Hiring Independent Contractors vs. Using an Employer of Record: Weighing the Disadvantages

Atlas Team Profile Photo

Atlas Team

Atlas helps innovative companies like yours to expand, onboard, manage and pay international teams in 160+ countries.

Published: 11 Aug 2023

In today's evolving global marketplace, businesses consider new models to build and manage their workforce. Among the popular choices are hiring independent contractors (ICs) or leveraging the services of an Employer of Record (EOR). However, each option comes with its unique set of challenges. In this blog post, we explore the potential disadvantages of hiring ICs compared to using an EOR. 

Hiring Independent Contractors: A Double-Edged Sword 

Hiring ICs can offer businesses flexibility and cost-effectiveness. Yet, the approach is not without its pitfalls, particularly regarding misclassification risks and legal complications. 

Misclassification Risks 

The most substantial risk of hiring ICs revolves around the potential for misclassification. In many jurisdictions, the line between an employee and an IC is blurry, and the penalties for misclassification can be severe, including fines, back taxes, and legal disputes. 

Legal and Compliance Challenges 

Businesses hiring ICs need to stay abreast of the labor laws in each jurisdiction where the ICs work. This necessity can be particularly challenging when dealing with a global workforce, given the differences in labor laws across countries. 

The High Cost of Misclassifying Independent Contractors 

Despite the advantages of using contractors, improper classification can result in severe financial and legal penalties and reputational damage. Here are some cases that illustrate the potential consequences:

  • Uber - In 2020, the ride-hailing giant faced a significant setback in the UK when it lost a legal battle about the status of its drivers. The Supreme Court ruled that Uber drivers should be classified as workers, not independent contractors, entitled to benefits such as minimum wage and paid holidays (source).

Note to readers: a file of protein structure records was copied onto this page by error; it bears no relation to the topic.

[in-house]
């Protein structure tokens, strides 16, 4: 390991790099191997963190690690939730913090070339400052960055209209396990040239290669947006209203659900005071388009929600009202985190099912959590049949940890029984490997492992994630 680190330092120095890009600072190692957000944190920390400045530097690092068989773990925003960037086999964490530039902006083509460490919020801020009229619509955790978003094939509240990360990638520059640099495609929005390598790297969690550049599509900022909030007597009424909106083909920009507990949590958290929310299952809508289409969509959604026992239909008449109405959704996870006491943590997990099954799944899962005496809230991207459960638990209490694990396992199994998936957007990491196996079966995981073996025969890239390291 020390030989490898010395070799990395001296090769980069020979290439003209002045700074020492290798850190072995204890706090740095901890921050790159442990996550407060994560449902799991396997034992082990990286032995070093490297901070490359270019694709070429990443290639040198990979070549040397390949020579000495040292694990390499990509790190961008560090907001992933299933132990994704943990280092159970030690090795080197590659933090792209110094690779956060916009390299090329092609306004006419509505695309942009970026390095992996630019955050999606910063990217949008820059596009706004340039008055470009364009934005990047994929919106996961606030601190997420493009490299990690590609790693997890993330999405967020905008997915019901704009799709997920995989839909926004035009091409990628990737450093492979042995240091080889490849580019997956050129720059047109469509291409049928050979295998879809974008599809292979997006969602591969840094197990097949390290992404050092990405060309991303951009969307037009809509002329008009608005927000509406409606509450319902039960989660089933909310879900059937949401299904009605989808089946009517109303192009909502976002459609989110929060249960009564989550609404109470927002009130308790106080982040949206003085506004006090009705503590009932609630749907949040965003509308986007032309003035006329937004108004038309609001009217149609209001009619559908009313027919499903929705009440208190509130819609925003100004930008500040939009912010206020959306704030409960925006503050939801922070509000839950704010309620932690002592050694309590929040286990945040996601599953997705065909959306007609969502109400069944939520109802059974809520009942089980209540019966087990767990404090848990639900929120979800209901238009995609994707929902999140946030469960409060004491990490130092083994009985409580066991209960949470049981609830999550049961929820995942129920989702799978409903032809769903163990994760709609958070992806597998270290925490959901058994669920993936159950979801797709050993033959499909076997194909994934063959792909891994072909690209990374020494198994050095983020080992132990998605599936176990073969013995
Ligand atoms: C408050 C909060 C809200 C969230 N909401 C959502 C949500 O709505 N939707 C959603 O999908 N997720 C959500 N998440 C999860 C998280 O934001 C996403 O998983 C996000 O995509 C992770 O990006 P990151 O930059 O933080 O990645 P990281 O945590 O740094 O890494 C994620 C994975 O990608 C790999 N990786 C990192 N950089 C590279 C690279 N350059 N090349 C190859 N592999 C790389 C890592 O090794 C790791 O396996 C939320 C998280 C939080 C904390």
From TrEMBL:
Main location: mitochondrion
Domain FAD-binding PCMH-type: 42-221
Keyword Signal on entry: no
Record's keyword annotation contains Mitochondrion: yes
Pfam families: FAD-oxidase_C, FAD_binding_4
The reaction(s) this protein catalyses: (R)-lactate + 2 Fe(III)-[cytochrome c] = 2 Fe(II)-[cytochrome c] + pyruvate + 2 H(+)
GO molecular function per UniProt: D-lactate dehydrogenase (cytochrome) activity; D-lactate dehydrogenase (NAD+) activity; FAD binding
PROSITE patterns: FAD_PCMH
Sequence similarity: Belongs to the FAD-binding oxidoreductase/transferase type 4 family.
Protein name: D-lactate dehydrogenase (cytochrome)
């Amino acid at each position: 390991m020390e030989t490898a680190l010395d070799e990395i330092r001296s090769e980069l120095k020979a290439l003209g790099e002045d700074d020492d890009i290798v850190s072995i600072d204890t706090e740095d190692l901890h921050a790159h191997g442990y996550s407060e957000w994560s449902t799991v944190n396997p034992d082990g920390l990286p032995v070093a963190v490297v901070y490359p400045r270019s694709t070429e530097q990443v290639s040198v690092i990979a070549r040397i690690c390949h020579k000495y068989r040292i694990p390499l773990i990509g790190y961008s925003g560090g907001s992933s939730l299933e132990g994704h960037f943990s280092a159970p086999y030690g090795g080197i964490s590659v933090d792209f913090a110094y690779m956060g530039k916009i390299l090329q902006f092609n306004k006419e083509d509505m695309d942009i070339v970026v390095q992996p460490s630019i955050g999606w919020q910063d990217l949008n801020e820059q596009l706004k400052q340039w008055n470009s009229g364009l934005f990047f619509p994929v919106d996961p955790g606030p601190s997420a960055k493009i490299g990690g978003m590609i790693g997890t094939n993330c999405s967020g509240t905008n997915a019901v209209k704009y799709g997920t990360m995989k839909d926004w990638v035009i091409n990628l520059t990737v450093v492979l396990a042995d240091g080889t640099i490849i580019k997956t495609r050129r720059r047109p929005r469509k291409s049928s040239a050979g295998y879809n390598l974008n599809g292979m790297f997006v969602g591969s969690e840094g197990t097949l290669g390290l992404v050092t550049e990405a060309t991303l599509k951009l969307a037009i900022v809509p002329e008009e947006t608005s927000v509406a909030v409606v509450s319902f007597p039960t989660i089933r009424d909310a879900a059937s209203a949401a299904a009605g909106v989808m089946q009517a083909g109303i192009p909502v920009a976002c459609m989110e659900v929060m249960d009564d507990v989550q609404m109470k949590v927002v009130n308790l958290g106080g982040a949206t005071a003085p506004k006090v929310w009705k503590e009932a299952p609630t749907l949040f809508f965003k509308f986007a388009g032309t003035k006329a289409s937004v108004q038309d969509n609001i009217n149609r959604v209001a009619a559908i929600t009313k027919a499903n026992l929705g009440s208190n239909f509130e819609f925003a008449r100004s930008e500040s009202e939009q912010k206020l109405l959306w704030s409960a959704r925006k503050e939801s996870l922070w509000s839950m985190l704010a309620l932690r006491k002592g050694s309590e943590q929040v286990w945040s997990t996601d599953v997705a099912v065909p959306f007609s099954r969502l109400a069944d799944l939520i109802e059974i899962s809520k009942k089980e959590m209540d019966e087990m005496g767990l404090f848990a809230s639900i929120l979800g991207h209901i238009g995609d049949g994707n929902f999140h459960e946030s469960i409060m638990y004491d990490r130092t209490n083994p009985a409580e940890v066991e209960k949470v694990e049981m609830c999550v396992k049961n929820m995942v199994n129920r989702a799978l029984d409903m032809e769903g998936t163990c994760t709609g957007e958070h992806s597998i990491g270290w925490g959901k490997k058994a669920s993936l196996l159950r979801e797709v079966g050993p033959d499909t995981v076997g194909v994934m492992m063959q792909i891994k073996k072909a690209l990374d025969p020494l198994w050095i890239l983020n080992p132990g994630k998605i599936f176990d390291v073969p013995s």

• FedEx - In a 2014 case, FedEx Ground was ordered to pay $228 million to resolve claims by 2,300 drivers in California who said they were misclassified as independent contractors, leading to unpaid wages and benefits (source). 

  • Google - The tech giant settled a case for $3.8 million in 2020 in which contract workers alleged they were denied access to benefits and subjected to lesser treatment compared to regular employees (source). 

  • Instacart - The grocery delivery platform faced a lawsuit in 2020 alleging misclassification of its "shoppers" as independent contractors, leading to violation of labor laws and denial of unemployment insurance benefits (source). 

  • Amazon - In 2021, the retail giant faced a lawsuit from delivery drivers alleging that they were misclassified as independent contractors, which led to unpaid overtime and break violations (source). 

These cases are examples of the high stakes involved in properly classifying your independent contractors. The complexities of local labor laws and the international nature of many businesses make the issue even more challenging. 

Employer of Record: A Viable Solution 

On the other hand, an EOR offers a more streamlined solution to managing a global workforce. EORs are third-party organizations that legally employ workers on behalf of the client company. They handle all the administrative tasks, including compliance, payroll, benefits, and taxes, alleviating these burdens from the client. 

Independent Contractors

Employer of Record


Risk of misclassification and legal disputes.

Handles compliance with local labor laws.


Employer responsible for contracts, invoicing, and payment.

All administrative tasks handled by the EOR.

Tax Responsibilities

Potential issues with tax withholding and reporting.

EOR handles all tax obligations.

Legal Risks

Potential liability for work-related incidents.

EOR bears the legal risks.

Scale & Expansion

Challenges in scaling and expanding into new markets.

EOR facilitates easy scaling and global expansion.

 While hiring ICs can seem like an attractive option due to perceived flexibility and cost savings, the risks and administrative burdens can outweigh these benefits. Using an EOR like Atlas, businesses can navigate the complexities of global labor laws, ensure proper employee classification, and focus on their core operations. 

If you'd like to delve deeper into the intricacies of global employee classification, we invite you to download our white paper, "Are Your Independent Contractors Independent?" It provides valuable insights into global labor laws, employee classification, and strategies to ensure compliance. 

Navigate the complexities of global labor laws with ease. Download our white paper now and unlock the full potential of your global workforce.

This article is for informational purposes only and should not replace legal advice. For more detailed information or assistance, consult with a legal expert or an EOR like Atlas.